My time management was getting out of hand. I was too consumed with making the next deal to notice my priorities were off balance. When the economic meltdown made everyone panic and the phone stopped ringing I did two things: started losing sleep and started taking stock of my life. Did I want to continue along my chosen route of highs and lows; high disposable income but low amounts of time with my family? Or did I want to get to know my children as they grew up. I decided the income could wait, my children couldn’t. It was time to swap disposable income for disposable nappies.
As my wife was now the only one out working, one of the first things I had to get used to, was cooking for her and the children. That meant dealing with the supermarkets. I hate going to the supermarket. It’s right up there with paper cuts and sitting on a crowded commuter train. Whose bright idea was it to put uncontrollable trolleys in the hands of people not looking where they’re going?
Nevertheless I was determined to succeed, so one evening with the help of my trusted friends Mr Gin and his brother Mr Tonic, I hit the cookery books. Quite by chance that evening River Cottage was on TV. Even if you’re eating your dinner at the time, that show can still make you feel hungry. This particular evening Hugh was urging the viewers to support their local butcher. I didn’t even know if there was a butcher near me. A quick internet search and I discovered there was one in a village called Claygate, just a couple of miles away.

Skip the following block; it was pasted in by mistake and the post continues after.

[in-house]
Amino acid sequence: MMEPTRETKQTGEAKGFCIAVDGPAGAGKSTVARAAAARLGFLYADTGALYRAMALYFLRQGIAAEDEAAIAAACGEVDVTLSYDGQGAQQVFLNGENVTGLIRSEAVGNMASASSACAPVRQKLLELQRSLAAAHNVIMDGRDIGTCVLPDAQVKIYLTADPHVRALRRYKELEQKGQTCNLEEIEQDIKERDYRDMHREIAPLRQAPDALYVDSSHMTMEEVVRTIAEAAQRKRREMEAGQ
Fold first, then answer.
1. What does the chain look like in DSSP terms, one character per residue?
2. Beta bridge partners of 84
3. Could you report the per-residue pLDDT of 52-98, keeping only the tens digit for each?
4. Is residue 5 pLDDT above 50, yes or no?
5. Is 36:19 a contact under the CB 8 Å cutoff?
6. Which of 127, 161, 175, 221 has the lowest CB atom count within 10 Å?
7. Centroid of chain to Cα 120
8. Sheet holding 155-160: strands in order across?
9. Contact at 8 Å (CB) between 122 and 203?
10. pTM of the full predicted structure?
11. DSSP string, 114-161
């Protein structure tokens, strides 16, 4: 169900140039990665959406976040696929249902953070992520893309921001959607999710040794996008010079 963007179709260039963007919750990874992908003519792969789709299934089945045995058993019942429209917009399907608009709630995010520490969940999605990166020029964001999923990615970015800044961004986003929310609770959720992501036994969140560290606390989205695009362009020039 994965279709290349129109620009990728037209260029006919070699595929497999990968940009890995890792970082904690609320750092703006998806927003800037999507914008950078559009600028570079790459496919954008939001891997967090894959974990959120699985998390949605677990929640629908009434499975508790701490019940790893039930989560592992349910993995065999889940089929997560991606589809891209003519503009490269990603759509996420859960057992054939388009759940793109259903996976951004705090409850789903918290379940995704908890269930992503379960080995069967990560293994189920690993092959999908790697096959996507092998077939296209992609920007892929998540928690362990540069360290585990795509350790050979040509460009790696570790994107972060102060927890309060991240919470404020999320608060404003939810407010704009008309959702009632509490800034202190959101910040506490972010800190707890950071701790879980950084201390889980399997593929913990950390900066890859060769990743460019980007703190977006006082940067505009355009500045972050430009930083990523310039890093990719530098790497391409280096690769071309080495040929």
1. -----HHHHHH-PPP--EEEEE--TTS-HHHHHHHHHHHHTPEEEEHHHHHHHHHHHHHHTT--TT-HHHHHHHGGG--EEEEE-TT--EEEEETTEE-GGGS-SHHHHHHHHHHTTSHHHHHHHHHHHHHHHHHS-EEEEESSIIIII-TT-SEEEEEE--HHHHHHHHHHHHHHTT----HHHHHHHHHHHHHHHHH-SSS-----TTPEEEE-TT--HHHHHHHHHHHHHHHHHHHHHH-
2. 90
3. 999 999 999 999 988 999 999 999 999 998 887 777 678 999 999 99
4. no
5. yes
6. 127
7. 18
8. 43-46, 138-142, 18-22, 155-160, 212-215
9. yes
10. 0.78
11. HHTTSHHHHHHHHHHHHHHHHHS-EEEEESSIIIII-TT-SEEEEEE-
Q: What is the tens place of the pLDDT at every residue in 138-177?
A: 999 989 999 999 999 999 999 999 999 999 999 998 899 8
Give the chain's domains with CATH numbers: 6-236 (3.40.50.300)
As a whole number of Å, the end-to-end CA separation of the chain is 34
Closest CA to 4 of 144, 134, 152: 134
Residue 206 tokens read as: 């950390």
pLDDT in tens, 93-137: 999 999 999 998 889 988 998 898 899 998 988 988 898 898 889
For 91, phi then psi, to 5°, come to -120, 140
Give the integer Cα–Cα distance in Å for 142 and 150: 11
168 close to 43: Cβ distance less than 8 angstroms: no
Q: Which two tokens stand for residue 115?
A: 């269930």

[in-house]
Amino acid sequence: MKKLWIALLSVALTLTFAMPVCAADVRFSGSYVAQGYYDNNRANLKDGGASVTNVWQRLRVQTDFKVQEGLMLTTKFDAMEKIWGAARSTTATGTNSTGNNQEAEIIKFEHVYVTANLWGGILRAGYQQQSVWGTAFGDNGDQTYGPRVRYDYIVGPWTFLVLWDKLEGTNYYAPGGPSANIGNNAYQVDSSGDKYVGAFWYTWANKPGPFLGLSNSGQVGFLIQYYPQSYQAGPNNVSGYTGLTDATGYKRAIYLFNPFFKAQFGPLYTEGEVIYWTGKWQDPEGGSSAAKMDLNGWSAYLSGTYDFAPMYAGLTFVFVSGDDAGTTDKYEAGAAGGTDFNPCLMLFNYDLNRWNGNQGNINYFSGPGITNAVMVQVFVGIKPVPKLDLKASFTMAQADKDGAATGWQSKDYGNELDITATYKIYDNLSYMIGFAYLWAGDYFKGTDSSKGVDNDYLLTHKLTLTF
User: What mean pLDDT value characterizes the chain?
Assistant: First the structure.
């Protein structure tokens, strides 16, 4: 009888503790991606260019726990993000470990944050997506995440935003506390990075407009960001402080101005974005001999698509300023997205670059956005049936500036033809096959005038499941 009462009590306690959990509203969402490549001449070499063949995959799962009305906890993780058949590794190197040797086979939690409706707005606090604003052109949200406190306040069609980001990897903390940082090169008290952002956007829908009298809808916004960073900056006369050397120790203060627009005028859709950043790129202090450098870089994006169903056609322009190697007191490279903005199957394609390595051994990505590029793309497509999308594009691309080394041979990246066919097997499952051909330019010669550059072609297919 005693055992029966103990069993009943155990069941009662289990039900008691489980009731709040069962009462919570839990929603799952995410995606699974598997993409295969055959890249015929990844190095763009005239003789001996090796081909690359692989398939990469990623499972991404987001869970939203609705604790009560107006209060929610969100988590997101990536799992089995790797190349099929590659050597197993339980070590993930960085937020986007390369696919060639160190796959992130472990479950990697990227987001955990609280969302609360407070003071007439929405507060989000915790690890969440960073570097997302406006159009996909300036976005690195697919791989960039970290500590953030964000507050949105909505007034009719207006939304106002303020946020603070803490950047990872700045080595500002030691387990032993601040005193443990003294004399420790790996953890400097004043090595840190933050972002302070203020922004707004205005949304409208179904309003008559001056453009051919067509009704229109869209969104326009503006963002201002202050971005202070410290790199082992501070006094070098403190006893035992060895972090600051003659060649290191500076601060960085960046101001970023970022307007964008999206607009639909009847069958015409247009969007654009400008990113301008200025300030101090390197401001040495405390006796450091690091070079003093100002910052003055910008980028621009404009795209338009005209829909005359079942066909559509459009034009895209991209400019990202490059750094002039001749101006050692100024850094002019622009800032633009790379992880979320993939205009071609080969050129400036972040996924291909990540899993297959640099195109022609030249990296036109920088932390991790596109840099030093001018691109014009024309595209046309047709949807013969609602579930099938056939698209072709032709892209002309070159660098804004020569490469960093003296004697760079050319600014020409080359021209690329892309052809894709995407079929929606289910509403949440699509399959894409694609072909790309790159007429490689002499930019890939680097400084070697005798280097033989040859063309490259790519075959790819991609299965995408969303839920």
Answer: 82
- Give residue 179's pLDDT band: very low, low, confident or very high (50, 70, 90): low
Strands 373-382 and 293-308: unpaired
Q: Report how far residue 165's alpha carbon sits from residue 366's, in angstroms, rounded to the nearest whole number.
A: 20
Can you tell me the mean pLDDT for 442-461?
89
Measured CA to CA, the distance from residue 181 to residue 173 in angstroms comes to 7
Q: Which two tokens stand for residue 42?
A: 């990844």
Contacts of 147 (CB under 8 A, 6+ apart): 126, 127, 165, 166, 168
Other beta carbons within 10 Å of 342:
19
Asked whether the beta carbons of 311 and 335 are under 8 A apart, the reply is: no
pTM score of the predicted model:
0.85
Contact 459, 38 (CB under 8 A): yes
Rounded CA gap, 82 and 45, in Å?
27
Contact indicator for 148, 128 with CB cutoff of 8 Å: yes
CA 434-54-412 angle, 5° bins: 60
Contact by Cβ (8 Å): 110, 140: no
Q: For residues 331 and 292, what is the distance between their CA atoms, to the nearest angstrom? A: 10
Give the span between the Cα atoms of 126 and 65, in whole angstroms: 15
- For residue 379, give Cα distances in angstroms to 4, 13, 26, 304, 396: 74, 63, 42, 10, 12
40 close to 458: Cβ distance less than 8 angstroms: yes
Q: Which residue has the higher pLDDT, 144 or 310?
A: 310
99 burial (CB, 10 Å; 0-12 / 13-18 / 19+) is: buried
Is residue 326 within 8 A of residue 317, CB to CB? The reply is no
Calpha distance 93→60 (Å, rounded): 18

What a gem of a village. It had everything I needed; butcher, baker, fishmonger, grocer, coffee shop - and I could park right outside the shops for free. I can’t tell you how excited I was that first visit. I learnt more that morning, chatting with the shopkeepers, than I’ve ever learnt in twenty years of going to the supermarket.
I bought everything I needed for the recipes that had inspired me the night before and couldn’t wait to get home to surprise my wife with a lovely homemade dinner. I even bought a set of chef’s whites so I'd look the part when she came home. I started with something simple, a bolognese sauce. In the past we’d always bought ready-made sauces but this time I made it all from scratch, it was by far the best Bolognese I’ve ever had - even the children loved it.
Despite the nerve tingling terror of making such a radical change when I’m the slightly grumpy side of 39, am I pleased I’ve done it...? You bet. Oh and we've got a new set of rules in our kitchen now, if I ask my wife a question while I'm cooking, she has to answer ‘yes chef’...